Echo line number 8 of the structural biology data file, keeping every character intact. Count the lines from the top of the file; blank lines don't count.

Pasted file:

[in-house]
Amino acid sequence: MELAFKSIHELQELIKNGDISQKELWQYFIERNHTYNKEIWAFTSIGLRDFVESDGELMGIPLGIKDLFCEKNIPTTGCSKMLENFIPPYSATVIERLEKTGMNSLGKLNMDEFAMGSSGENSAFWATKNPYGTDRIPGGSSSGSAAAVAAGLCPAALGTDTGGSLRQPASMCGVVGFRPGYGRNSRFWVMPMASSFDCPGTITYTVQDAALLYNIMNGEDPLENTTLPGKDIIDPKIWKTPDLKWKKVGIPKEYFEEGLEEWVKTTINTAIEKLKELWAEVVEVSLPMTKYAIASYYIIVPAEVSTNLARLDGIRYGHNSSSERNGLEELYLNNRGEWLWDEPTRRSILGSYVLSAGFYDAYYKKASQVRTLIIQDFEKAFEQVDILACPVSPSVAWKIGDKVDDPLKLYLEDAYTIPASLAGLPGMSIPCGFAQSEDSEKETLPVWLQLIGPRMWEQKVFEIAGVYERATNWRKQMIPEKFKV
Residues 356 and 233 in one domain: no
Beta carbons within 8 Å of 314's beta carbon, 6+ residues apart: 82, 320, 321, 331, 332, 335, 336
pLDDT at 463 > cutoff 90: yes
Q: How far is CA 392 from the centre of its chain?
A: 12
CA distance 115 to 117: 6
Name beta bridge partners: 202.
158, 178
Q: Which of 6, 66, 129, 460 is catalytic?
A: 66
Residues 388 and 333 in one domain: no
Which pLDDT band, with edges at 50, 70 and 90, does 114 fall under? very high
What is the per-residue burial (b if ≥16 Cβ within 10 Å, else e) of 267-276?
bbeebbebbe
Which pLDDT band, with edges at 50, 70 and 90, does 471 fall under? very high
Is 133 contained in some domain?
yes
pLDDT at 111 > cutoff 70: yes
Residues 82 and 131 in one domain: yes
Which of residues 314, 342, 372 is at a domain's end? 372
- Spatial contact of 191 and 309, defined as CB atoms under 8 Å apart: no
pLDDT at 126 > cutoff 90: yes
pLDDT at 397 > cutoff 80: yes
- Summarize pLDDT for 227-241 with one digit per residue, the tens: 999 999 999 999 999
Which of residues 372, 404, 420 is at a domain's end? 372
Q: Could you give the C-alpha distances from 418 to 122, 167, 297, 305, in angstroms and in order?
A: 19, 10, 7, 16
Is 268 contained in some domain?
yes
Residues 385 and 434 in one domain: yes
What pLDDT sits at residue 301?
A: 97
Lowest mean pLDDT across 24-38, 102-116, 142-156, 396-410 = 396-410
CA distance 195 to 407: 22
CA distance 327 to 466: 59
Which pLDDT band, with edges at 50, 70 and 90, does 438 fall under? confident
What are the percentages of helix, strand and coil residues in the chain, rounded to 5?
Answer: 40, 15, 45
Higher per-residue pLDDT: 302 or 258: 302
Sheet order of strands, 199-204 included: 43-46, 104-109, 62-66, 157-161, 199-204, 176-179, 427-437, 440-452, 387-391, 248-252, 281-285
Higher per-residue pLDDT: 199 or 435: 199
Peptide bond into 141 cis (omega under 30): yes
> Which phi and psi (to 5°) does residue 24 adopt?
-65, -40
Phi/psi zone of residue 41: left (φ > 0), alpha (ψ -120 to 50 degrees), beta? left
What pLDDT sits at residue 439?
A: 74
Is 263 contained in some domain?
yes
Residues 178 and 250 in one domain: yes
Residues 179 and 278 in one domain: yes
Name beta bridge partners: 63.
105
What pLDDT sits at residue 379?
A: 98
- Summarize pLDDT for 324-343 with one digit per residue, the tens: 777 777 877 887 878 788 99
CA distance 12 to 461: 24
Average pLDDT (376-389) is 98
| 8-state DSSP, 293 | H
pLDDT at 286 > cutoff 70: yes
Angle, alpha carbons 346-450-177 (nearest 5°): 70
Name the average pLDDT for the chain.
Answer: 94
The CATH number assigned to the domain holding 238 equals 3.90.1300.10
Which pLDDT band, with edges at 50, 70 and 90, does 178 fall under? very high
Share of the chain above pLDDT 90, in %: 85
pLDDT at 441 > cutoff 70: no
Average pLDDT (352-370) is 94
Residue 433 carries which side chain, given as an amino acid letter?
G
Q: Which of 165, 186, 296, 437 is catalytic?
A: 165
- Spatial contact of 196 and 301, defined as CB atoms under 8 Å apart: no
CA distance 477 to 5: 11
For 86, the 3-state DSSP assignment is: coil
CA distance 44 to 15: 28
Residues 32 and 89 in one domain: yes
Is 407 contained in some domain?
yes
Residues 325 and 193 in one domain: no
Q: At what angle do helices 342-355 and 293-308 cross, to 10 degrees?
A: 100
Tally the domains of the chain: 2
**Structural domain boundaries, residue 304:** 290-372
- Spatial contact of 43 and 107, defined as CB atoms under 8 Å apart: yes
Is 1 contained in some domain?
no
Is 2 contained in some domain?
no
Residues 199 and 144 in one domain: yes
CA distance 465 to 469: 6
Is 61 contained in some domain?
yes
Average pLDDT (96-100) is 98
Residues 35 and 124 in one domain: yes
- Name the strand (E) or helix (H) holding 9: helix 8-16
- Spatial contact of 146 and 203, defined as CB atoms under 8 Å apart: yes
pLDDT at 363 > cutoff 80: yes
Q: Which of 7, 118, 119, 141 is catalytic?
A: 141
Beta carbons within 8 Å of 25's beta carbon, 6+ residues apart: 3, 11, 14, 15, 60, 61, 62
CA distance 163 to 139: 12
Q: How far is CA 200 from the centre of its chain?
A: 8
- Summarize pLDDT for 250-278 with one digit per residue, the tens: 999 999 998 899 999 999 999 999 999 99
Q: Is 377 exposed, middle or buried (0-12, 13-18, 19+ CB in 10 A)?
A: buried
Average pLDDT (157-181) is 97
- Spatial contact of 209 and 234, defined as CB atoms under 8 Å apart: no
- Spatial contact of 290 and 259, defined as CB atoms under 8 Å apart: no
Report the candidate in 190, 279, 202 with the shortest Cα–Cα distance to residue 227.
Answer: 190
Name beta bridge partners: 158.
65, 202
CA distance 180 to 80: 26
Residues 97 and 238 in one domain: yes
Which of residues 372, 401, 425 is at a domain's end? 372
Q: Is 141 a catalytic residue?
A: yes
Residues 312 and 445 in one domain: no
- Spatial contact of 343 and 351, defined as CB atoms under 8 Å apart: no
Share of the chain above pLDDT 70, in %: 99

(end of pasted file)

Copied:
CA distance 115 to 117: 6